Winner avatar
2017 Whitley GOLD Award
2015 Continuation Funding
2013 Whitley Award
Zafer Kizilkaya Turkey Coastal and Marine
Guardians of the sea: securing and expanding marine reserves along the Turkish coastline

Winner of the Whitley Gold Award donated by The Friends and Scottish Friends of the Whitley Fund for Nature

Each year a member of our winner network is selected to receive the Whitley Gold Award, a profile prize worth £50,000 in project funding, awarded in recognition of their outstanding contribution to conservation.

Gökova Bay harbours important species including the Critically Endangered Mediterranean monk seal and Vulnerable sandbar shark. There are over 200 small-scale fishermen and women depending on fisheries in the Bay. Severe depletion of marine stocks in recent years has had a serious economic impact on local livelihoods.

Following a successful community conservation project led by Zafer and his team at the Mediterranean Conservation Society, the Turkish government declared six No Fishing Zones (NFZs) in 2010 to protect breeding and nursery grounds. These no-take zones represented the country’s first network of community-managed marine reserves. Due to the size of the area however, effective enforcement by the coastguard was difficult, so a locally-based marine ranger system was introduced to patrol the reserves against illegal activities.

Climate change has already taken its toll, with water temperatures rising in the eastern Mediterranean over the past decade. This has led to an increasing migration of invasive marine species to the area, with profound effects on the local ecosystem and fisheries sector. To address this, a campaign to promote the consumption of marine stowaways and transform their sale into a commercially viable sector of the local fisheries industry is underway.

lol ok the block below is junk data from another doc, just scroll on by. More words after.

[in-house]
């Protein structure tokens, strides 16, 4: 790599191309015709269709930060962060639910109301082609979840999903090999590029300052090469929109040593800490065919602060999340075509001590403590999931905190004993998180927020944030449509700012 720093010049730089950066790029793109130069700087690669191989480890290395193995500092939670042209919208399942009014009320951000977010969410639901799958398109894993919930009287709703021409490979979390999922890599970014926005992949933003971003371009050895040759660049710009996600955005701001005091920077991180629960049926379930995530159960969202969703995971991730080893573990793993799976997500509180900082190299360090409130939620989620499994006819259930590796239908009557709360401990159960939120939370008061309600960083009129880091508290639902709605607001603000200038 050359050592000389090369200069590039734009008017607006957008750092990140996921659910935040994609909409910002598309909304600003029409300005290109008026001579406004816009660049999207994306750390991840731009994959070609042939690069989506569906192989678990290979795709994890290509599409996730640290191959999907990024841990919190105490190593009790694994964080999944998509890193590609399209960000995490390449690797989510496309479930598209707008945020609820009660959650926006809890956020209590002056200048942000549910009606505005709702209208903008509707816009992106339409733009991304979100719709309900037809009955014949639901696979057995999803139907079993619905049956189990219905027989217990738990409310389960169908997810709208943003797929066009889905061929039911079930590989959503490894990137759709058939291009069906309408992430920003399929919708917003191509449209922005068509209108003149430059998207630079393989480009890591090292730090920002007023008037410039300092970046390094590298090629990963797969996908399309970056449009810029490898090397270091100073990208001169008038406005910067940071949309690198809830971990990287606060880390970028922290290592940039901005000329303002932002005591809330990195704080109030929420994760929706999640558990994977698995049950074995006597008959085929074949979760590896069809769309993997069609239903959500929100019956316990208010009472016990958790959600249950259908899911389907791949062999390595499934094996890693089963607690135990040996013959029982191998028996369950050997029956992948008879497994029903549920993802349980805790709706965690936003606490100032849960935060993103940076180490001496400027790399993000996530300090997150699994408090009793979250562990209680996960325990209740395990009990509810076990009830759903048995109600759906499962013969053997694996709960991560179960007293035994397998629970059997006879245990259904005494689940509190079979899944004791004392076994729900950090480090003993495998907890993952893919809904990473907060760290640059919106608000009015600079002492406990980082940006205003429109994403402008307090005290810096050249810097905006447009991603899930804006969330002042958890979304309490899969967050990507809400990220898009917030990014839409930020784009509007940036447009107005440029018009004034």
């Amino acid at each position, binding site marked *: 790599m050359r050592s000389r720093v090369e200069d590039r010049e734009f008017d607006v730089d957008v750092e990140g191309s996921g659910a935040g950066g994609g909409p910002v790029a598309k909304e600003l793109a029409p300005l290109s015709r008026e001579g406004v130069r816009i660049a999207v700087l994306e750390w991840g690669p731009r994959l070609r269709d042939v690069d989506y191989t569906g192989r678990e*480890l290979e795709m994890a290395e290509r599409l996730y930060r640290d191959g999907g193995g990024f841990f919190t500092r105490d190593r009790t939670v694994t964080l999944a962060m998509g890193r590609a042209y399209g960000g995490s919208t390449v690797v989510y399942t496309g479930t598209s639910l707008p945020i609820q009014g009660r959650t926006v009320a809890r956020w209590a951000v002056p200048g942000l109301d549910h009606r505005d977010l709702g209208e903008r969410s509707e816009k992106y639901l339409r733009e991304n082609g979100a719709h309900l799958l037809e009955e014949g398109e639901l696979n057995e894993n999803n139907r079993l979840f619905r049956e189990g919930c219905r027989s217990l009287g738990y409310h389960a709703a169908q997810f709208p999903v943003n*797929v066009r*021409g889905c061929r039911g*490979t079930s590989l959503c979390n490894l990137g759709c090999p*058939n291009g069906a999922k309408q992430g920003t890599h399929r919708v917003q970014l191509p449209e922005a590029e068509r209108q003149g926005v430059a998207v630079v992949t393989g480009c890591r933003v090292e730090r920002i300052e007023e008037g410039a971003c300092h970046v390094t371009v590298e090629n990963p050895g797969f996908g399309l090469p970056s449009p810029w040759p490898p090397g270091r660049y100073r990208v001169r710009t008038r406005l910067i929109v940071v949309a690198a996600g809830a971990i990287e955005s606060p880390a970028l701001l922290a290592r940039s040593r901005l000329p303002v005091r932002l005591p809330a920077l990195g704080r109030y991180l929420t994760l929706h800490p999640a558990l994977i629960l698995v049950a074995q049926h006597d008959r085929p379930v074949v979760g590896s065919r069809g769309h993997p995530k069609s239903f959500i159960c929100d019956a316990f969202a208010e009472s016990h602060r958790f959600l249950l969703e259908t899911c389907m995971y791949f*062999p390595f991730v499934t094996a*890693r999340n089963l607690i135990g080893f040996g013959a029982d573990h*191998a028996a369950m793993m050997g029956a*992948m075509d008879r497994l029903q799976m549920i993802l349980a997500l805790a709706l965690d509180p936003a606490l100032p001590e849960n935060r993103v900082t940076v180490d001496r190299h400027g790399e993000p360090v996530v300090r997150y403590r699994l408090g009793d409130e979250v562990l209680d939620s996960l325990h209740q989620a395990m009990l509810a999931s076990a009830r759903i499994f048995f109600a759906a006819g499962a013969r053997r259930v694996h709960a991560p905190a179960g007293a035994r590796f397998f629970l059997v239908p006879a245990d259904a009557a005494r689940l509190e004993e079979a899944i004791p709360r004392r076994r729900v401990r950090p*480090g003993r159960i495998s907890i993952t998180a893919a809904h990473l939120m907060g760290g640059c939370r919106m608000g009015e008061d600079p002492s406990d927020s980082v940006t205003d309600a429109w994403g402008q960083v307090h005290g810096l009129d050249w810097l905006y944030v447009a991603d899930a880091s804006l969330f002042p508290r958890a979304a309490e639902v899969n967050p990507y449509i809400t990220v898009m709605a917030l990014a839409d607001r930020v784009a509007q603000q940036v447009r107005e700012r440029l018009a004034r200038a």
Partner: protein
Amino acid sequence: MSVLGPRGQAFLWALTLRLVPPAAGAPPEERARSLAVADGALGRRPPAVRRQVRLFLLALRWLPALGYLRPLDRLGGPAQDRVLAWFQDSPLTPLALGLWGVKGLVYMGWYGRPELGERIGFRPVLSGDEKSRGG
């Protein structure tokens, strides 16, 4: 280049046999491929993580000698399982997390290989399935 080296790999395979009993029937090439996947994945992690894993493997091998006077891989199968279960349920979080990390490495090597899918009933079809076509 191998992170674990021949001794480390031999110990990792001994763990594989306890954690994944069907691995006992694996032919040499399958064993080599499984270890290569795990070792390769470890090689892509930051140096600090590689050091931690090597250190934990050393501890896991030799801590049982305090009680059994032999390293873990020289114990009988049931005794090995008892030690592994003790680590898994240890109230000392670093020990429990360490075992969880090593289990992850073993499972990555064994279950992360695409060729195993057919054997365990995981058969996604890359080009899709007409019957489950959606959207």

Against a backdrop of challenging political circumstances and mass immigration of refugees from Syria and Iraq, Zafer is ensuring conservation efforts continue alongside humanitarian work, and is having a positive impact on both fishers and marine life in Turkey.

A Whitley Award winner in 2013 and a recipient of Continuation Funding in 2015, with the support of WFN and other donors, Zafer’s project has:

  • Increased the size of NFZs by 25%, protecting a total of 3,000km2 of marine habitat in Gökova Bay.
  • The coastguard and Ministry are now cooperating and effectively patrolling the reserves in partnership with local rangers. Patrol boats are equipped with specialist police cameras and GPS, allowing Illegal activity to be live streamed to authorities so they can respond immediately.
  • Fish stocks have recovered and biomass has risen by 800% as a result of the reserves and spill-over into fishing grounds.
  • New technology is at the heart of Gökova’s transformation. Zafer’s team have employed a new SMART monitoring system to aid research and law enforcement. It is the first of its kind to be used in the marine environment.
  • Zafer has assisted communities to implement more sustainable fishing practices that reduce by-catch, and trawling has been banned in sensitive sites across an area covering 2,676km² – the largest in Europe for biodiversity and fish stock conservation.
  • The community now keep detailed reports on the number and species of fish caught. It is the only Bay to do so in Turkey. They even have a mobile app for recording data!
  • Following a campaign promoting the consumption of invasive species, fisher income has risen by 400% and native grouper species are on the rise.
  • Critically Endangered monk seals have recently returned to the Bay and sandbar sharks and loggerhead turtles are being recorded in increased numbers; a sign that this once damaged ecosystem is on the road to recovery.

With his Whitley Gold Award, Zafer and his team will:

  • Develop financing mechanisms for the Gökova Bay marine protected area capable of supporting at least 25% of ongoing activities to cement project sustainability.
  • Scale up threatened species and habitat monitoring in the Gökova and Fethiye
    Bay areas and use data to secure connectivity and protection of viable breeding populations across a 10,000 hectare sea-scape.
  • Explore project expansion to new sites internationally throughout the Mediterranean, working with government and international partners.

“Once communities started seeing the positive results of marine protection we gained their support.”

Find out about Zafer’s 2013 Whitley Award project here.